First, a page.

The house I live in is an older house. I have never gone to city hall to look up the exact age of my house, but it was estimated to be between 80 and 90 years old when I bought it 5 years ago. There are good and bad things that go along with old houses. The positives are that the neighbourhood is old too, so the trees are big and the area has developed its own unique personality. The downside is that it can be a lot of work to keep an old house in good shape. As the house ages it develops a personality too, and some of those signs of degeneration can actually be, well, maybe not enjoyed, but put to good use - if you are a sound recordist like me! I just recently became aware that I basically have access to an endless supply of creaks and other strange "old house" sounds.
If you read this blog with some regularity you may know that I am a big fan of The Sound Collector's Club (read this post, or listen to this podcast if you are unfamiliar with the SCC). One of the themes the club has is for Creaky Floors and for some reason it took me nearly a year to contribute to this collection. I finally got around to it and I was shocked at just how loud my old house is! I guess I have become so accustomed to these creaks that I have been just unconsciously filtering out these sounds. I just don't hear these great creaks and strains when I walk around the house in my normal daily life. I got some pretty amazing sounds simply walking around on the old hardwood floors throughout the house.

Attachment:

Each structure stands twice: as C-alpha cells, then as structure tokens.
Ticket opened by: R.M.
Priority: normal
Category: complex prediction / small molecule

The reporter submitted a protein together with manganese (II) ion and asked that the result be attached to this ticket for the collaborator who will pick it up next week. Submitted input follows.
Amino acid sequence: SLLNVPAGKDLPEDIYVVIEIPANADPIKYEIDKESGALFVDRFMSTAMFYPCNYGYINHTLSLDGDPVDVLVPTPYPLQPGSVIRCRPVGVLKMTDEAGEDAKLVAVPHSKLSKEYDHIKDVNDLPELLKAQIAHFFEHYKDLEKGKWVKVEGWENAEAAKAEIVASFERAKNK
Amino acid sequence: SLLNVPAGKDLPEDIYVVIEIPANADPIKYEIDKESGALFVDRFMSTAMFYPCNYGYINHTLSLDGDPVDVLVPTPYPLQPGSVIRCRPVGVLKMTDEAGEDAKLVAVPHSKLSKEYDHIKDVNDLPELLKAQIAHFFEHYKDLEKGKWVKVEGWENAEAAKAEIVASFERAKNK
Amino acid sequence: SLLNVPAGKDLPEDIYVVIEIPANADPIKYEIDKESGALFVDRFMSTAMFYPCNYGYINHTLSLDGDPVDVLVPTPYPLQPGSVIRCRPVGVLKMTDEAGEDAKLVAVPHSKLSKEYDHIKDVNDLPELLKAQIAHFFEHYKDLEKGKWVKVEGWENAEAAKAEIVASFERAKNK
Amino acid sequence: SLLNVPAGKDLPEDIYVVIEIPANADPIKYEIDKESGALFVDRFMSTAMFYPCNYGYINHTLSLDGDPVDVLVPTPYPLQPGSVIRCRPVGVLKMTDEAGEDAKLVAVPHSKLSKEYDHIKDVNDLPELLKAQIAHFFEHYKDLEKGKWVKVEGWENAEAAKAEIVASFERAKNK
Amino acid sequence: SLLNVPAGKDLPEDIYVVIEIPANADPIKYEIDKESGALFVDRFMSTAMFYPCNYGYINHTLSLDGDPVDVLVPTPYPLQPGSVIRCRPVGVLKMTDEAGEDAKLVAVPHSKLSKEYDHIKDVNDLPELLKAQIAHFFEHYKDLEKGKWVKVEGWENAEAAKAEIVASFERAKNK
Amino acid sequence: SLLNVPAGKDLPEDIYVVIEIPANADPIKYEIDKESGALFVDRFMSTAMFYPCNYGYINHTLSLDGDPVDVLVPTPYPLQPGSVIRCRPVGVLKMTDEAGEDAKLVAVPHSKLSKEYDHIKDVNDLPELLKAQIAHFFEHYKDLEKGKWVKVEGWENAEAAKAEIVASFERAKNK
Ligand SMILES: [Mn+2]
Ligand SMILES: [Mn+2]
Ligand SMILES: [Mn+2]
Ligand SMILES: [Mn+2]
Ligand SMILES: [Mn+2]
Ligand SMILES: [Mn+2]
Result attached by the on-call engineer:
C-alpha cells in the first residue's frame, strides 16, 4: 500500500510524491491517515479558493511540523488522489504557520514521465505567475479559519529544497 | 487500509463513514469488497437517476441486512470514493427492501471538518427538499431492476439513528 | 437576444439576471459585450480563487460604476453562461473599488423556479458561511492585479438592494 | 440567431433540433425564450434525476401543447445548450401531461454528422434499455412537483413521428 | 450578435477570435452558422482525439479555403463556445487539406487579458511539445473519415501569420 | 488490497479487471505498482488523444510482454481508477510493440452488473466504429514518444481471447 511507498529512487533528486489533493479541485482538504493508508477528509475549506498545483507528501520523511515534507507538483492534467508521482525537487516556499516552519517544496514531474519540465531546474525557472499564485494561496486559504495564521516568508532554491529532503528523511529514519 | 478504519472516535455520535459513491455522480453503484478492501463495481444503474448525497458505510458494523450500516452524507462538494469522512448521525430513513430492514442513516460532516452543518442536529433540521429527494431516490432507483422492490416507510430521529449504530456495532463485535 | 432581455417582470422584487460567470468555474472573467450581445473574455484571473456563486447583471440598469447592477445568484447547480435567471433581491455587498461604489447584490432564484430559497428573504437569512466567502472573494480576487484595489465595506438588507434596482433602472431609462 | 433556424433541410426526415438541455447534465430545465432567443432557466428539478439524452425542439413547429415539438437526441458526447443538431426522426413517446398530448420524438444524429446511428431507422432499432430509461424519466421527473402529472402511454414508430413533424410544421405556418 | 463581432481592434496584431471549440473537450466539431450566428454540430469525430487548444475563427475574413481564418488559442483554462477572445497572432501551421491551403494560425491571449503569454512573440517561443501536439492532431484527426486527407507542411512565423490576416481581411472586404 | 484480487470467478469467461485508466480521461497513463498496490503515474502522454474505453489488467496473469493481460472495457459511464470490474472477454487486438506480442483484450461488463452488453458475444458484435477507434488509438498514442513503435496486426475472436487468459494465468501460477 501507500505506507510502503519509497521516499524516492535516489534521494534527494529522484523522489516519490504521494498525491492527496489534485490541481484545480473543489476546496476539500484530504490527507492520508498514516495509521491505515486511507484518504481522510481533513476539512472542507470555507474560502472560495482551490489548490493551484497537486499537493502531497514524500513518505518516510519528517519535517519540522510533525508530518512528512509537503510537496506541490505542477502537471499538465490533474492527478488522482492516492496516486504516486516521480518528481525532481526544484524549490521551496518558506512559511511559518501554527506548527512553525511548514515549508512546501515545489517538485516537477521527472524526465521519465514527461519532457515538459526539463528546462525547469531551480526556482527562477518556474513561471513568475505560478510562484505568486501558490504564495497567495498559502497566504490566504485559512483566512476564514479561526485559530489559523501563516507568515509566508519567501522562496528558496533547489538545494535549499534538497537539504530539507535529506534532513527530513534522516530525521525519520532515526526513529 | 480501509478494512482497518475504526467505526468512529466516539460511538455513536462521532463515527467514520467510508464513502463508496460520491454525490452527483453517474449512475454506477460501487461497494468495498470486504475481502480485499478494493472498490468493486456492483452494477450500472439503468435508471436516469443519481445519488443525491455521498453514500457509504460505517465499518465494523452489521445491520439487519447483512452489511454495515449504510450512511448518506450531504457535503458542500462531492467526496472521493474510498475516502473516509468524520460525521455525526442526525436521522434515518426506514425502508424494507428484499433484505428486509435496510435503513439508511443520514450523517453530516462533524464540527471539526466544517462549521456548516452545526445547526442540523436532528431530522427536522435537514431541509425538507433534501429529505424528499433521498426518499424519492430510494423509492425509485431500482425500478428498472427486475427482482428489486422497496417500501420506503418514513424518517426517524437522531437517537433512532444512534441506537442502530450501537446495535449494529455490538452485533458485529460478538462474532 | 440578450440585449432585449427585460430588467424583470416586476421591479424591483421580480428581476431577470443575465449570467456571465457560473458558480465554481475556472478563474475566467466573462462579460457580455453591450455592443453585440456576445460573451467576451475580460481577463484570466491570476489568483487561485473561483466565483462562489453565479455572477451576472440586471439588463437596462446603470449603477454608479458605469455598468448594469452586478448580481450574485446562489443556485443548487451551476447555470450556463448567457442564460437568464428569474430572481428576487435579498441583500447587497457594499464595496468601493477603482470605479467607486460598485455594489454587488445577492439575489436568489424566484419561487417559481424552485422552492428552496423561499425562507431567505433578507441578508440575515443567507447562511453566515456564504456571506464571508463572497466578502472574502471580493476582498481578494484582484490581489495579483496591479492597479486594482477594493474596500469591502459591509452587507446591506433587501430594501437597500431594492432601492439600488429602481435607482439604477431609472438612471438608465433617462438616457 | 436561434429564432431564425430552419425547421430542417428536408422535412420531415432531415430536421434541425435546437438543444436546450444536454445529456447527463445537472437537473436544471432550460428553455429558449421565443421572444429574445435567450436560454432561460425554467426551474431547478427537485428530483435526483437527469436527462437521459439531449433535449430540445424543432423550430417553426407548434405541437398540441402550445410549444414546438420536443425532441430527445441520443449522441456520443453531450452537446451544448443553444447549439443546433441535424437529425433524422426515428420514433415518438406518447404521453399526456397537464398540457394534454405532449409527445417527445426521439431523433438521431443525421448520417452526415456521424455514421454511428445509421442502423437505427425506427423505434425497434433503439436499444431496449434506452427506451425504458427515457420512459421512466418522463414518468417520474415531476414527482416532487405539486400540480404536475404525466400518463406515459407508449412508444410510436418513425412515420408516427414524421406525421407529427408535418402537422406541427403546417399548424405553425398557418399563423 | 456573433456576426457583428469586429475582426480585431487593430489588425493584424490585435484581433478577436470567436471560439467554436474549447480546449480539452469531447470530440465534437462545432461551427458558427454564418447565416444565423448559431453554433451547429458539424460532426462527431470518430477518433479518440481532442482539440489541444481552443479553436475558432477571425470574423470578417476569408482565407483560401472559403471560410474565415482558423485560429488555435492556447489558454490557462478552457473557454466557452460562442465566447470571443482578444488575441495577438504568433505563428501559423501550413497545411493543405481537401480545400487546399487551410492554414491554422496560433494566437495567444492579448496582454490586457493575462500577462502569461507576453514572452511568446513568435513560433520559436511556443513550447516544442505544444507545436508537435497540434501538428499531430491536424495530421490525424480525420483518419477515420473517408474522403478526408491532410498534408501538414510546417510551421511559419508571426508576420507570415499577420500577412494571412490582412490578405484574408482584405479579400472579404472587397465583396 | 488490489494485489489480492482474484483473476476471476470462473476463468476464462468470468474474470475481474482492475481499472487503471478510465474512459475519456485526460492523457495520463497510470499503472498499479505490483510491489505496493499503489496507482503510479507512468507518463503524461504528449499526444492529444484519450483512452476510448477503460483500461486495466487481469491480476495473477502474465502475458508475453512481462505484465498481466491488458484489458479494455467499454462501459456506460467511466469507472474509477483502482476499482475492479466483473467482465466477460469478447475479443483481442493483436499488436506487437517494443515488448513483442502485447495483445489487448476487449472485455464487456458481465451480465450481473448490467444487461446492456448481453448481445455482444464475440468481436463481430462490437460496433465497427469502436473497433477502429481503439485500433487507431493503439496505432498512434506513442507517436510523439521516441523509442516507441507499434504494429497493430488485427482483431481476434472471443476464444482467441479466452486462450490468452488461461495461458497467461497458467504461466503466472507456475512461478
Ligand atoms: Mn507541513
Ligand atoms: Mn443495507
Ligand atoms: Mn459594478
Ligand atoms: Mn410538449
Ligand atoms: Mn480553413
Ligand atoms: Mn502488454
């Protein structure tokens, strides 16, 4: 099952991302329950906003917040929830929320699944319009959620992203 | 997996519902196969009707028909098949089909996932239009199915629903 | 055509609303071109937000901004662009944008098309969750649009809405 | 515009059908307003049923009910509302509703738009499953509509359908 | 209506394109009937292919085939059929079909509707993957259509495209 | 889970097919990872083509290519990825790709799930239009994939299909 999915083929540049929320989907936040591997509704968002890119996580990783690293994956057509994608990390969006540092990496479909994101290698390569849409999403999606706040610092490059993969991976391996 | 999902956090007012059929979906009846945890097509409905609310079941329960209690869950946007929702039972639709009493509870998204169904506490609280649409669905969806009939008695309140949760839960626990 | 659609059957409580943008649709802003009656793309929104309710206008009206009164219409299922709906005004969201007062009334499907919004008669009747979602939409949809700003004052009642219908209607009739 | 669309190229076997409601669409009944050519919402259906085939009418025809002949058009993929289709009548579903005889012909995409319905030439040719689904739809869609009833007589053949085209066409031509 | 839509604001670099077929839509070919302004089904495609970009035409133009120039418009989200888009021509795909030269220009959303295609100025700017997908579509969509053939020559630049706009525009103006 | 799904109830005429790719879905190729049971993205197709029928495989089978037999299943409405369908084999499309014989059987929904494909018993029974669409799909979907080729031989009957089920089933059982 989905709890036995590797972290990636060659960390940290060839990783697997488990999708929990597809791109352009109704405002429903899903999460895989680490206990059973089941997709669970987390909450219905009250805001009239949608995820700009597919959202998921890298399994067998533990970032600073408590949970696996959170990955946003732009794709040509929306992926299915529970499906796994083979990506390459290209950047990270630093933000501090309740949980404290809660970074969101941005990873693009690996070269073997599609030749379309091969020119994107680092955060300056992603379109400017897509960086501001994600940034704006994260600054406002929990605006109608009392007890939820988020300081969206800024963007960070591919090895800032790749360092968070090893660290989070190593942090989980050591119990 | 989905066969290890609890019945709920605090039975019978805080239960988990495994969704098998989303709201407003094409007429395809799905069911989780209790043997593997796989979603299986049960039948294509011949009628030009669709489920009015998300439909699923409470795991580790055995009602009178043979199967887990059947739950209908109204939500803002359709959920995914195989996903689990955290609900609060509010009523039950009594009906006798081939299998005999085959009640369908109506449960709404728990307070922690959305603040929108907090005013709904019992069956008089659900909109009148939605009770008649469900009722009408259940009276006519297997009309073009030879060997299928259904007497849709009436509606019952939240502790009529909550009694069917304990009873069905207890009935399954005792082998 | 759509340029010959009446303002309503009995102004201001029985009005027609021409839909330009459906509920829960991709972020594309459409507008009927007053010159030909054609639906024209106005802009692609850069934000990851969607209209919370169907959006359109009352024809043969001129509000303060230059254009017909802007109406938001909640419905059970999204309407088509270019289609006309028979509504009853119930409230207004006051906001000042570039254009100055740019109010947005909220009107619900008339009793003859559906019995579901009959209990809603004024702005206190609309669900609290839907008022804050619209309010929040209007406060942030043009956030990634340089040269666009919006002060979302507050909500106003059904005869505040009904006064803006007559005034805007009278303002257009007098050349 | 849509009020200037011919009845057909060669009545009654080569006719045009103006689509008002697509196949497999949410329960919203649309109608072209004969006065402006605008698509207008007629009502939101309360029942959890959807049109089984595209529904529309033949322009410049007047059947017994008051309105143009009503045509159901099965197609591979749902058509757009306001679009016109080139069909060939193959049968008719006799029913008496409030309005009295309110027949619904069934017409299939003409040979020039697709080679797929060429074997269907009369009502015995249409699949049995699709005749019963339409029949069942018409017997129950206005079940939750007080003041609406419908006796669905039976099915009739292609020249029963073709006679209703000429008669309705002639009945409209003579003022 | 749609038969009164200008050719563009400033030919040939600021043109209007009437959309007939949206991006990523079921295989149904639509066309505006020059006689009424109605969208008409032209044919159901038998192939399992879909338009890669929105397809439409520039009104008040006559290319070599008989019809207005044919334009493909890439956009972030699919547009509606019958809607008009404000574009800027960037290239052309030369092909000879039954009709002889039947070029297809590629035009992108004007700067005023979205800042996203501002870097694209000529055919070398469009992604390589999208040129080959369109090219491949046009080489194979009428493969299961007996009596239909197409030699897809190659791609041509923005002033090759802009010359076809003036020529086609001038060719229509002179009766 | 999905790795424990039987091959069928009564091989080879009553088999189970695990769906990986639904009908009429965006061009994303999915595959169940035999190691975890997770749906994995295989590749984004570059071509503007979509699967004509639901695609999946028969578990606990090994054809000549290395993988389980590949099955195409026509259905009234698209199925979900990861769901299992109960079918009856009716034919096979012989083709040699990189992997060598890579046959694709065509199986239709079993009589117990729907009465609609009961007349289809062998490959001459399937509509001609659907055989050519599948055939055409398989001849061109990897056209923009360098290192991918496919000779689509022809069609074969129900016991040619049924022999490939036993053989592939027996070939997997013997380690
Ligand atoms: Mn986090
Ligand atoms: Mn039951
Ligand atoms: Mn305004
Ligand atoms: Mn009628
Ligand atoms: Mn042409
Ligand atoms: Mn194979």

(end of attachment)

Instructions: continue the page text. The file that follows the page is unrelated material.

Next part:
My house is on a side street but traffic is pretty steady during the day and evening, but after about 1 AM there's only rarely a car driving by. Around 2 AM I got out of bed and went down and unplugged the fridge and turned the thermostat way down so the furnace would stay off. Now that I had the house as quiet as I could get it I grabbed a shotgun microphone, pointed it at my feet from waist height and just walked slowly around the main floor of my house. Here is a section of what I got:
The floors are so loud! How is it even possible that I haven't gone crazy from this?
These types of sounds can have a couple of uses that I can see: as an added element to foley footsteps (or even production sound) to add a feel of age to the environment on screen or simply to add a heightened tension with each step a character takes. They are also clean enough to be used as SFX on their own. I can see/hear them in scenes with branches sagging from the weight of someone climbing a tree or old doors opening/closing or as elements in large wooden objects being moved.
All in all I am so glad I finally got around to recording the basic sounds of my own house. Sometimes the best sounds are right under your nose and so ubiquitous you just don't think about it. A "can't see the forrest for the trees" type situation for sure.
My full recordings from this session plus a cool recording of the wooden floating staircase in my house are now available as part of the Sound Collector's Club Creaky Floors collection. To get my recordings and a bunch more (the collection sits at 1.53 gig currently) become a member of the SCC and contribute your own sounds. This is a great collection that will be handy to have in the future.